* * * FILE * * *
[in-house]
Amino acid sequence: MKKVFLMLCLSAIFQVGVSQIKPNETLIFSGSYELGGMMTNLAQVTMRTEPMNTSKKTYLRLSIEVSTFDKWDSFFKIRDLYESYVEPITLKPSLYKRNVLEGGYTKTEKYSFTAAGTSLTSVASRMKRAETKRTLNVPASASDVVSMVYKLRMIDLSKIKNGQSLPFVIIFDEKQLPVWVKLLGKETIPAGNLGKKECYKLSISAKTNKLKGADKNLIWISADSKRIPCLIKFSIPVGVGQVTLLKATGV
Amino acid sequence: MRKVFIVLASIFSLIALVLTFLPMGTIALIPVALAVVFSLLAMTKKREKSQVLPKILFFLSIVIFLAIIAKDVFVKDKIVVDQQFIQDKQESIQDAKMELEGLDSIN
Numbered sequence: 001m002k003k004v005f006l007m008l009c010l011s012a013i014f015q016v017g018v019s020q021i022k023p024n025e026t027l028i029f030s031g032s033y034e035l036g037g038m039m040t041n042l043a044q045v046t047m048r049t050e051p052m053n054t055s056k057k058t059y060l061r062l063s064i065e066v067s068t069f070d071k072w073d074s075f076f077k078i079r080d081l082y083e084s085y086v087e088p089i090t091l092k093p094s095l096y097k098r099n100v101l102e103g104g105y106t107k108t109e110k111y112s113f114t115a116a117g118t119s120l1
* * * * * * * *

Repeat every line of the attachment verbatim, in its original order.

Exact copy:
[in-house]
Amino acid sequence: MKKVFLMLCLSAIFQVGVSQIKPNETLIFSGSYELGGMMTNLAQVTMRTEPMNTSKKTYLRLSIEVSTFDKWDSFFKIRDLYESYVEPITLKPSLYKRNVLEGGYTKTEKYSFTAAGTSLTSVASRMKRAETKRTLNVPASASDVVSMVYKLRMIDLSKIKNGQSLPFVIIFDEKQLPVWVKLLGKETIPAGNLGKKECYKLSISAKTNKLKGADKNLIWISADSKRIPCLIKFSIPVGVGQVTLLKATGV
Amino acid sequence: MRKVFIVLASIFSLIALVLTFLPMGTIALIPVALAVVFSLLAMTKKREKSQVLPKILFFLSIVIFLAIIAKDVFVKDKIVVDQQFIQDKQESIQDAKMELEGLDSIN
Numbered sequence: 001m002k003k004v005f006l007m008l009c010l011s012a013i014f015q016v017g018v019s020q021i022k023p024n025e026t027l028i029f030s031g032s033y034e035l036g037g038m039m040t041n042l043a044q045v046t047m048r049t050e051p052m053n054t055s056k057k058t059y060l061r062l063s064i065e066v067s068t069f070d071k072w073d074s075f076f077k078i079r080d081l082y083e084s085y086v087e088p089i090t091l092k093p094s095l096y097k098r099n100v101l102e103g104g105y106t107k108t109e110k111y112s113f114t115a116a117g118t119s120l1